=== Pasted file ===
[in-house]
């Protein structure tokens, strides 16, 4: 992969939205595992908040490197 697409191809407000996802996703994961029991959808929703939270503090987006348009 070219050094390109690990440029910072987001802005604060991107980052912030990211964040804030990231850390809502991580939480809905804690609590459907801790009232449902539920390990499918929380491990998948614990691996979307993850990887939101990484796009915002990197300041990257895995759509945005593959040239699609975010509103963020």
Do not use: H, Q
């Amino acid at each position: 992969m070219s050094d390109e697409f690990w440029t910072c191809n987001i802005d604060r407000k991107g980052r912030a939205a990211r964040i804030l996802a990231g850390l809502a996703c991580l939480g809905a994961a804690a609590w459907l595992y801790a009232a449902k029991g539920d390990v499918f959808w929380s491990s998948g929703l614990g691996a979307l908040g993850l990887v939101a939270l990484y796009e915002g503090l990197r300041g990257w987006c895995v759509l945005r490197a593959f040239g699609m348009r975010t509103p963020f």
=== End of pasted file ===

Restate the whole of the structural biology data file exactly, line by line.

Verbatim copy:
[in-house]
């Protein structure tokens, strides 16, 4: 992969939205595992908040490197 697409191809407000996802996703994961029991959808929703939270503090987006348009 070219050094390109690990440029910072987001802005604060991107980052912030990211964040804030990231850390809502991580939480809905804690609590459907801790009232449902539920390990499918929380491990998948614990691996979307993850990887939101990484796009915002990197300041990257895995759509945005593959040239699609975010509103963020």
Do not use: H, Q
């Amino acid at each position: 992969m070219s050094d390109e697409f690990w440029t910072c191809n987001i802005d604060r407000k991107g980052r912030a939205a990211r964040i804030l996802a990231g850390l809502a996703c991580l939480g809905a994961a804690a609590w459907l595992y801790a009232a449902k029991g539920d390990v499918f959808w929380s491990s998948g929703l614990g691996a979307l908040g993850l990887v939101a939270l990484y796009e915002g503090l990197r300041g990257w987006c895995v759509l945005r490197a593959f040239g699609m348009r975010t509103p963020f």